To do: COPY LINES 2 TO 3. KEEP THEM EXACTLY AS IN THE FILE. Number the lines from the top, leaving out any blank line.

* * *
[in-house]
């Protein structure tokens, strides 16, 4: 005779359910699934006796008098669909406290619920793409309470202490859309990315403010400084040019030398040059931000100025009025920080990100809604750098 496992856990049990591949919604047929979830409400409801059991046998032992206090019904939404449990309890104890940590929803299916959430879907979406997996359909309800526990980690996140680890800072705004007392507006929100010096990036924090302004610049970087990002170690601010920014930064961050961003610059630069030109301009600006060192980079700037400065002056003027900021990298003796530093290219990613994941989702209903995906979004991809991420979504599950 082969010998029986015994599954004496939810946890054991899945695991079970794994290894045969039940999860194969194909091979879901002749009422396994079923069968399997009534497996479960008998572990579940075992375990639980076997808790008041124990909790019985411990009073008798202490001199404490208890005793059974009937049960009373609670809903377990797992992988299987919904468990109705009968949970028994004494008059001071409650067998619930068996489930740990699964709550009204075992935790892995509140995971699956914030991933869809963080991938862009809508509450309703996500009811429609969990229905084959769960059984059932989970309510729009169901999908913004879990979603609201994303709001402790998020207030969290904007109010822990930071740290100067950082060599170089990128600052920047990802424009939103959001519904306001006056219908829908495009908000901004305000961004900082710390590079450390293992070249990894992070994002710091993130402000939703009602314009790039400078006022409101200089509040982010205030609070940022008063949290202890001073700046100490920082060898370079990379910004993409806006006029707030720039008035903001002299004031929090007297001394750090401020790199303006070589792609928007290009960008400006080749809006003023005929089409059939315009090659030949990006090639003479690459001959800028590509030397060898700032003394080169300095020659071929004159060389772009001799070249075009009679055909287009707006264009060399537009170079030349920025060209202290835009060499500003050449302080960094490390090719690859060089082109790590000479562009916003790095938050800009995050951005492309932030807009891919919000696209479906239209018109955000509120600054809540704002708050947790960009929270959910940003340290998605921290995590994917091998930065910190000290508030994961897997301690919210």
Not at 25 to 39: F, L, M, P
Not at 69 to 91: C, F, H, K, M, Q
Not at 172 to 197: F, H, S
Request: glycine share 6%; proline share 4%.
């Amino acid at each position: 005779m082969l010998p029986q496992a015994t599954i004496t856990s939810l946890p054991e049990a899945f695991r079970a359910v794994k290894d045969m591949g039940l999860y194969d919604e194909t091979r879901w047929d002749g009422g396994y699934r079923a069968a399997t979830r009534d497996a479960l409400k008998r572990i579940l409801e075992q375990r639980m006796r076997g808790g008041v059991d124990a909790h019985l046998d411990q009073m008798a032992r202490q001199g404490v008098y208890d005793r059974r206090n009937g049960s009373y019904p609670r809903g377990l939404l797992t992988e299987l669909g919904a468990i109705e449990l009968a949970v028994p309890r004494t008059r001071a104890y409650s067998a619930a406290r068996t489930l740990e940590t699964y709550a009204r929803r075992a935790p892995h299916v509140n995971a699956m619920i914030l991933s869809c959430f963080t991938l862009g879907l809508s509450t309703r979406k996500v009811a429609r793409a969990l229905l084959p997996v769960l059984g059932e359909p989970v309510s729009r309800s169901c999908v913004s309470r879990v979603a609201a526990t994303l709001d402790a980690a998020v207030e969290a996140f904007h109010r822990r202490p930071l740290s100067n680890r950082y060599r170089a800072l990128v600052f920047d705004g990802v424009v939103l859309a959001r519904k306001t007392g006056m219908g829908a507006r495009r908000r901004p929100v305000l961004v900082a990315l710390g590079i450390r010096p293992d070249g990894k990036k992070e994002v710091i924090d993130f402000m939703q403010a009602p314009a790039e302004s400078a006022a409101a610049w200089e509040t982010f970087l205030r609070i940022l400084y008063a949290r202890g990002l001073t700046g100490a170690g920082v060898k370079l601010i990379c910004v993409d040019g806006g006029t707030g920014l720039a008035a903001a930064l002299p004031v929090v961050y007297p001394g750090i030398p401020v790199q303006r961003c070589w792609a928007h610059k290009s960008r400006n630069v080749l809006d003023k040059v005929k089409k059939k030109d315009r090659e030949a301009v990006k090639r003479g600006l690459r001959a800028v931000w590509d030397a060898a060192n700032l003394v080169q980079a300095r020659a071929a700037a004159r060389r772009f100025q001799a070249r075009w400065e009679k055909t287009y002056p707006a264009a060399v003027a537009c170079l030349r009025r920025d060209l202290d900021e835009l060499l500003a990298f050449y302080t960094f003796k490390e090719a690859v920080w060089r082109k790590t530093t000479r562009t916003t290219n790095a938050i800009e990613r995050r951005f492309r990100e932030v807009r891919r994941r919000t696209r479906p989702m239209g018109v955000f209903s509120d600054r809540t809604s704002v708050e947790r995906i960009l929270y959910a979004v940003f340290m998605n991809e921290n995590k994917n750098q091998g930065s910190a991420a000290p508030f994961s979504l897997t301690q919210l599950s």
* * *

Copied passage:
């Protein structure tokens, strides 16, 4: 005779359910699934006796008098669909406290619920793409309470202490859309990315403010400084040019030398040059931000100025009025920080990100809604750098 496992856990049990591949919604047929979830409400409801059991046998032992206090019904939404449990309890104890940590929803299916959430879907979406997996359909309800526990980690996140680890800072705004007392507006929100010096990036924090302004610049970087990002170690601010920014930064961050961003610059630069030109301009600006060192980079700037400065002056003027900021990298003796530093290219990613994941989702209903995906979004991809991420979504599950 082969010998029986015994599954004496939810946890054991899945695991079970794994290894045969039940999860194969194909091979879901002749009422396994079923069968399997009534497996479960008998572990579940075992375990639980076997808790008041124990909790019985411990009073008798202490001199404490208890005793059974009937049960009373609670809903377990797992992988299987919904468990109705009968949970028994004494008059001071409650067998619930068996489930740990699964709550009204075992935790892995509140995971699956914030991933869809963080991938862009809508509450309703996500009811429609969990229905084959769960059984059932989970309510729009169901999908913004879990979603609201994303709001402790998020207030969290904007109010822990930071740290100067950082060599170089990128600052920047990802424009939103959001519904306001006056219908829908495009908000901004305000961004900082710390590079450390293992070249990894992070994002710091993130402000939703009602314009790039400078006022409101200089509040982010205030609070940022008063949290202890001073700046100490920082060898370079990379910004993409806006006029707030720039008035903001002299004031929090007297001394750090401020790199303006070589792609928007290009960008400006080749809006003023005929089409059939315009090659030949990006090639003479690459001959800028590509030397060898700032003394080169300095020659071929004159060389772009001799070249075009009679055909287009707006264009060399537009170079030349920025060209202290835009060499500003050449302080960094490390090719690859060089082109790590000479562009916003790095938050800009995050951005492309932030807009891919919000696209479906239209018109955000509120600054809540704002708050947790960009929270959910940003340290998605921290995590994917091998930065910190000290508030994961897997301690919210």
Not at 25 to 39: F, L, M, P